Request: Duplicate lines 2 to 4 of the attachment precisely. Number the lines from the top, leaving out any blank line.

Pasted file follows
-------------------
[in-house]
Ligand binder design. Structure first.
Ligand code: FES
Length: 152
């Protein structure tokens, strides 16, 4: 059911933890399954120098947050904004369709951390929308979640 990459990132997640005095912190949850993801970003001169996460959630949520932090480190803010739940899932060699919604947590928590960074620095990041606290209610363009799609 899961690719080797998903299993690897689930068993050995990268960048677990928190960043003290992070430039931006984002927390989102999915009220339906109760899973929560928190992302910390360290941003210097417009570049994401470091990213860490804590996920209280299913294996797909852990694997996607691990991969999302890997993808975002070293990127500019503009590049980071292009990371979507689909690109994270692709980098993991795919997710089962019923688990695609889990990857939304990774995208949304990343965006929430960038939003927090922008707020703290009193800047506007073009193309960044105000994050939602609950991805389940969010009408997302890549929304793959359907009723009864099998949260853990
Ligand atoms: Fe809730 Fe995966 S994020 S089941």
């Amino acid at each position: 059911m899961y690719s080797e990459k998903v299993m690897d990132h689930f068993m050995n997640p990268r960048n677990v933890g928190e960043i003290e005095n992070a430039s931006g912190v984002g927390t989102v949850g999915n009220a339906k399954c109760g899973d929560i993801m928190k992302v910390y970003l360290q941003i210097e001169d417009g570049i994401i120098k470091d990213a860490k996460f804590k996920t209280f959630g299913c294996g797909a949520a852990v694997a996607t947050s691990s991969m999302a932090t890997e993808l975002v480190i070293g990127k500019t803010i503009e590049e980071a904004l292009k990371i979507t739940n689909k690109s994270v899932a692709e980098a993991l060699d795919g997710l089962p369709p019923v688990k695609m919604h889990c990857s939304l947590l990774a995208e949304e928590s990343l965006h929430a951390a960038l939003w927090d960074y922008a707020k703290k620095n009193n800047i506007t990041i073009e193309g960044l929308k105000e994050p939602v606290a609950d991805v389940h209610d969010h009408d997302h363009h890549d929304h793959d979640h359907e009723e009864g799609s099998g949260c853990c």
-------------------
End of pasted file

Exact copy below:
Ligand binder design. Structure first.
Ligand code: FES
Length: 152